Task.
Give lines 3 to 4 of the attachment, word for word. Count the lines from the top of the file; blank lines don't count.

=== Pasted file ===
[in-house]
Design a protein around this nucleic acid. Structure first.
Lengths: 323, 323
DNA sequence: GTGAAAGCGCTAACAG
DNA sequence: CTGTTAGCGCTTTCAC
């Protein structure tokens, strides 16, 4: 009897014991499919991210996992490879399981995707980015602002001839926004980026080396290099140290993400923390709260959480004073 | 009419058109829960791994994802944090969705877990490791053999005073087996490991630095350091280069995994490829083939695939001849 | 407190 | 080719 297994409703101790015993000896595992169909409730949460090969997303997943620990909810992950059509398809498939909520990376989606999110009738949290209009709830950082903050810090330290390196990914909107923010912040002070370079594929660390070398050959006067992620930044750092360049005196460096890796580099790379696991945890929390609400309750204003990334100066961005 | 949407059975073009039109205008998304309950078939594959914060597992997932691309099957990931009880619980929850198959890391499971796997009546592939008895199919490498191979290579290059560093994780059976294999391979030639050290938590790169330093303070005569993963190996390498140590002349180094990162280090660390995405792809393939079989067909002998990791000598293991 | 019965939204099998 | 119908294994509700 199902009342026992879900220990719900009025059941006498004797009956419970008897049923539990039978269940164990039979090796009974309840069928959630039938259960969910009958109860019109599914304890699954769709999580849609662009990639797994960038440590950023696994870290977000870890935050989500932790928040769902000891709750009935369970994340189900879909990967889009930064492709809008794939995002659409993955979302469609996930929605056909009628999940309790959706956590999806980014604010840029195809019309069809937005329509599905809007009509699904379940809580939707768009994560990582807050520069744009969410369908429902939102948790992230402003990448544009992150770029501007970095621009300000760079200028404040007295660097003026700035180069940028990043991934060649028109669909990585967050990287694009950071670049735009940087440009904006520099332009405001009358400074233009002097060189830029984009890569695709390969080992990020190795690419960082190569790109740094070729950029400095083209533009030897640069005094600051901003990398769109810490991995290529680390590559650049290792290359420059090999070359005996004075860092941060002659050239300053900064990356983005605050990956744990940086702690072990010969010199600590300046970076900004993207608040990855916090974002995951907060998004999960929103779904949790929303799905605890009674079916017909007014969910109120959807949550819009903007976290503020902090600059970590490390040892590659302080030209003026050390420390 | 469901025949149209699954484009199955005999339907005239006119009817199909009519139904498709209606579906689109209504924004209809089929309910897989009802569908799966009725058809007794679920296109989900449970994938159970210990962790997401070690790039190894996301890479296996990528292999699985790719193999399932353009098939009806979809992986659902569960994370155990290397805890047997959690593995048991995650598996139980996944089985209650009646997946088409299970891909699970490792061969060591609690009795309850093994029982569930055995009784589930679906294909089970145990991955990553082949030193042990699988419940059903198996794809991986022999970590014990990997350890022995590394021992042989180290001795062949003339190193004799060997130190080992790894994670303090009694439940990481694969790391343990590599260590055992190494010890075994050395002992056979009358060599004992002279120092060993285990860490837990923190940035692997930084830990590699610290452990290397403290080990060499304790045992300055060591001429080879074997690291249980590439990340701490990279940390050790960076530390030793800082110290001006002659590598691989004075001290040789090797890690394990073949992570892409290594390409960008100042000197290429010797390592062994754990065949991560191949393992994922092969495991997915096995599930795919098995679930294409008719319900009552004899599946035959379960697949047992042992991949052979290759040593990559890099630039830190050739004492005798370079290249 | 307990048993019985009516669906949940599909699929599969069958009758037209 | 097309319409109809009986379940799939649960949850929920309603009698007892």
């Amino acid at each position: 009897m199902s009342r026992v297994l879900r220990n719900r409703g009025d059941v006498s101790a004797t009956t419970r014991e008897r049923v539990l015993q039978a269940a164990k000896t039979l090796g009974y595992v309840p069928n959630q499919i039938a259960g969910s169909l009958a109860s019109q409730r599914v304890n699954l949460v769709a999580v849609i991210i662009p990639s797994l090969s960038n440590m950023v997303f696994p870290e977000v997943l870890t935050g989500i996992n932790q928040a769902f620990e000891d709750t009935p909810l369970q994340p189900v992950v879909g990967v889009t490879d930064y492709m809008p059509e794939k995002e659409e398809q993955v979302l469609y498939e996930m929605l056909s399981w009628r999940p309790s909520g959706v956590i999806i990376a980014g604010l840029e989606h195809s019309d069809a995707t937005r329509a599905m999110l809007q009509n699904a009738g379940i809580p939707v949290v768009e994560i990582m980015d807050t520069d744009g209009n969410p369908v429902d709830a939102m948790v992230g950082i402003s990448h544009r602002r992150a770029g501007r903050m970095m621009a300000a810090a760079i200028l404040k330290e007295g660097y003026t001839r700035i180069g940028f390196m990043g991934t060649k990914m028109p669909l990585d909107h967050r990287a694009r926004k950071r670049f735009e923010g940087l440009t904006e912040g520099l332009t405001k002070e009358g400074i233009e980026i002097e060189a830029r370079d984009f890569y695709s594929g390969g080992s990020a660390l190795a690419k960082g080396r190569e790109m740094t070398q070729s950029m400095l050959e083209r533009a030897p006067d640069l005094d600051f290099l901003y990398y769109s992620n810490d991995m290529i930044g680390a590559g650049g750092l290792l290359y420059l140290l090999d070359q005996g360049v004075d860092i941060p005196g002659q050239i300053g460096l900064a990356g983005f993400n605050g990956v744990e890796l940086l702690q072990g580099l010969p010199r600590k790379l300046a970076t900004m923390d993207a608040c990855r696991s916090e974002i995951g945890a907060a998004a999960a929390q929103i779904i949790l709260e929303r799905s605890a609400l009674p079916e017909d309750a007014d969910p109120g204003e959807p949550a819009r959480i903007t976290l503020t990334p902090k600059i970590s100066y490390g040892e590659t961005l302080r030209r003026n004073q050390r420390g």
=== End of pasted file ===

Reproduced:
Lengths: 323, 323
DNA sequence: GTGAAAGCGCTAACAG